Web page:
While other dogs live on land, Seadogs usually live in or around the water. And now living in the St. Petersburg area, he has water on three sides of the city in which he is living. Seadogs have been known for their fun-loving nature and silly pranks, their true passion for baseball, and general good looks of a sea mammal. But one of things that quickly became part of his personality was his ability to use sarcasm and prat falls to evoke smiles and laughs from his new fans. Raymond finally got to meet his new fans as he was introduced on the field before the June 21, 1998 game. He emerged from his egg on the third base line and the Rays fans have not been the same ever since.
His routines of using his ATV before games to tease and chat with other players, and his ability to mock and imitate both security guards and players has made him a fan favorite at Rays games. But early in 2001 he began to learn some new motor skills and began to sew new costumes and mild props for his adventures during the game. Who will forget his first costume as a superhero named “Rally Rays”, who was called out in the bottom of the ninth inning to pump up the crowd and the team to bring a victory to the Rays. But with his new found love of the Rays he got to enjoy the company of other mascots around the league. He became great friends with Wally the Green Monster and Ace, the mascot of the Toronto Blue Jays.
He even was invited to their stadiums for events concerning their mascots, and they came to the Trop. to be with the fun-loving blue-hued creature. with his new found fame, he did not let it go totally to his big head. He began to be more community oriented and visited countless hospital wards around the Tampa Bay area to make children smile and to take endless amounts of photos with parents and kids alike. His personality grew, and so did the reason we all loved Raymond. It was feared that in November 2007, when the Rays dropped the “devil” from their names that R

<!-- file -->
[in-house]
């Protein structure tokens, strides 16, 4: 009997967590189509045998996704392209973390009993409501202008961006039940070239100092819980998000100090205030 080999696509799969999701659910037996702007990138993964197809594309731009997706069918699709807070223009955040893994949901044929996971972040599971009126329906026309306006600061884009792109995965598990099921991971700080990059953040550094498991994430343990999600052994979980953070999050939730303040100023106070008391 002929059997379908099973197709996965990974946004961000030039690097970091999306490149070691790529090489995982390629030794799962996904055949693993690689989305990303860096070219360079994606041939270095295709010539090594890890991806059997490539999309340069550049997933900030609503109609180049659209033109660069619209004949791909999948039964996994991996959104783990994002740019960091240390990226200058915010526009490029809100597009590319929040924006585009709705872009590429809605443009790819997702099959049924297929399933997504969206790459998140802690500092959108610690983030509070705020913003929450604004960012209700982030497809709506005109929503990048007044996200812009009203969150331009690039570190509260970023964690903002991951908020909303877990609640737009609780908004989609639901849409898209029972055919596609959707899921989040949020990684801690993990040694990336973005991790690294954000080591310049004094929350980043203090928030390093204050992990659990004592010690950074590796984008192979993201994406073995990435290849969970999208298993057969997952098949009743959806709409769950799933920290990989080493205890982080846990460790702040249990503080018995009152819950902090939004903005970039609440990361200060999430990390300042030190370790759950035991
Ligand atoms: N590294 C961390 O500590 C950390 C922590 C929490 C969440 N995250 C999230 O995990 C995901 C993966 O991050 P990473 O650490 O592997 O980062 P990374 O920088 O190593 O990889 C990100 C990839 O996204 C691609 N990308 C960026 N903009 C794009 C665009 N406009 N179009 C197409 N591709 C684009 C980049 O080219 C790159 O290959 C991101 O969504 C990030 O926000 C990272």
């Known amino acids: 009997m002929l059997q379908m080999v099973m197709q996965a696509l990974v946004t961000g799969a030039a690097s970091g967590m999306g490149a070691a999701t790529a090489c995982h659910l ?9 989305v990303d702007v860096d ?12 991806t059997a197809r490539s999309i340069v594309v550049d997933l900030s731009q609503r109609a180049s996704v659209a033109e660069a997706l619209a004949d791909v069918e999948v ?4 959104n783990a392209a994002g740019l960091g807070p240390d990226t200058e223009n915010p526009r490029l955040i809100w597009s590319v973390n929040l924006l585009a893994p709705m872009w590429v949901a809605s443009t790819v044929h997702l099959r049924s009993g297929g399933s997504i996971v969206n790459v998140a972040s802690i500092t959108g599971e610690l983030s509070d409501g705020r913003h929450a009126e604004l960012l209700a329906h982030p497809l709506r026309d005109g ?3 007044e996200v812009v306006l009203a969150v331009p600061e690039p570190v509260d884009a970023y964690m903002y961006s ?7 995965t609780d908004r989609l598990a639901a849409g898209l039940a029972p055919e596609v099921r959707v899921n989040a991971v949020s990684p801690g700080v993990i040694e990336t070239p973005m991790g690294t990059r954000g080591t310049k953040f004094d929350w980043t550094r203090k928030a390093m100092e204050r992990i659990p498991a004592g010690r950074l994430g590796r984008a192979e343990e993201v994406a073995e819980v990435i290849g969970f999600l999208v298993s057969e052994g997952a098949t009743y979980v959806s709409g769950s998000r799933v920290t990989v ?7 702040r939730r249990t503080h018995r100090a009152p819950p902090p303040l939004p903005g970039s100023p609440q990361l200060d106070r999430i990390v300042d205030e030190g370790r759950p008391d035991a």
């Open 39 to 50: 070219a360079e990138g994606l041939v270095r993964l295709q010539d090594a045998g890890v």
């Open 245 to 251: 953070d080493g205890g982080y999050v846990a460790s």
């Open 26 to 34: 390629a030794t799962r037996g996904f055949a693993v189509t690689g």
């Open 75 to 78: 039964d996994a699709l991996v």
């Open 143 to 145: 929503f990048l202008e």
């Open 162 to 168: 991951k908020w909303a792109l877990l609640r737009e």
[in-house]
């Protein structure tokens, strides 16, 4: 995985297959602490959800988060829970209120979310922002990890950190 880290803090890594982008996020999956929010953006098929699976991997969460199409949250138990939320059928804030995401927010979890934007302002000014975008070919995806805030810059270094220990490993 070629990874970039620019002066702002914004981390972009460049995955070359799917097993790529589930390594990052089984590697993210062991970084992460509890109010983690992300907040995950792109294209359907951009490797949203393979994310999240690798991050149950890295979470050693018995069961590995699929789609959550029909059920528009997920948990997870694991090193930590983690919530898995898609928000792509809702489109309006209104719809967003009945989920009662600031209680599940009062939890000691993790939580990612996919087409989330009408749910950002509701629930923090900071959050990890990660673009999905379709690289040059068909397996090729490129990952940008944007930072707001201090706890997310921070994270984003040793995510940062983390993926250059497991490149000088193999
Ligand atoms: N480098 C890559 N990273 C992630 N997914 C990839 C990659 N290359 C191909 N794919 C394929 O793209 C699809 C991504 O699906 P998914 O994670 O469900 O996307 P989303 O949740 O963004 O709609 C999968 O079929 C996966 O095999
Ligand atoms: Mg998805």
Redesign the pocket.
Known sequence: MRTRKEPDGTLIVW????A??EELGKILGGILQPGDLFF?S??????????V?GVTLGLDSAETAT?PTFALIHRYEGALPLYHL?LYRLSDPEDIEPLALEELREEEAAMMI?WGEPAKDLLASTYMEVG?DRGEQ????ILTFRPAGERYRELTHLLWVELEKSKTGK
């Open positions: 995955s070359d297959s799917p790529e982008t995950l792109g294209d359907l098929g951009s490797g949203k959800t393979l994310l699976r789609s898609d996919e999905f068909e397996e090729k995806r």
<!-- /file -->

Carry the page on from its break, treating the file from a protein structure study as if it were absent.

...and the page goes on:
aymond’s day might be numbered, but the team renewed their faith in him by issuing him a new logo jersey with his trademark “00” number on the back.
Raymond has been a part of the Rays since their inception. He is a small part of the fun and adventure that being a Rays fan encompasses when you enter Tropicana Field. One of the first things you see when you stroll down right field street is his small alcove where cartoon videos play all the time, and mascot bobbleheads line one wall.
As long as the Rays keep up their promise of unlimited hot dogs and a few cold beverages, Raymond will still come out and entertain the masses and tease the opponents team fans in the stands. Some people think that mascots are not good for the game of baseball and take away from the action and the atmosphere. I think he actually heightens the energy level and entices the crowd to cheer and make noise throughout the game. Him just walking into a room can make a child run towards him for a huge hug, or even a photo opportunity. Raymond is not only a part of the team’s name, he is part of the culture of Tampa Bay, and its fans, and hopefully we will get to enjoy him for a long, long time.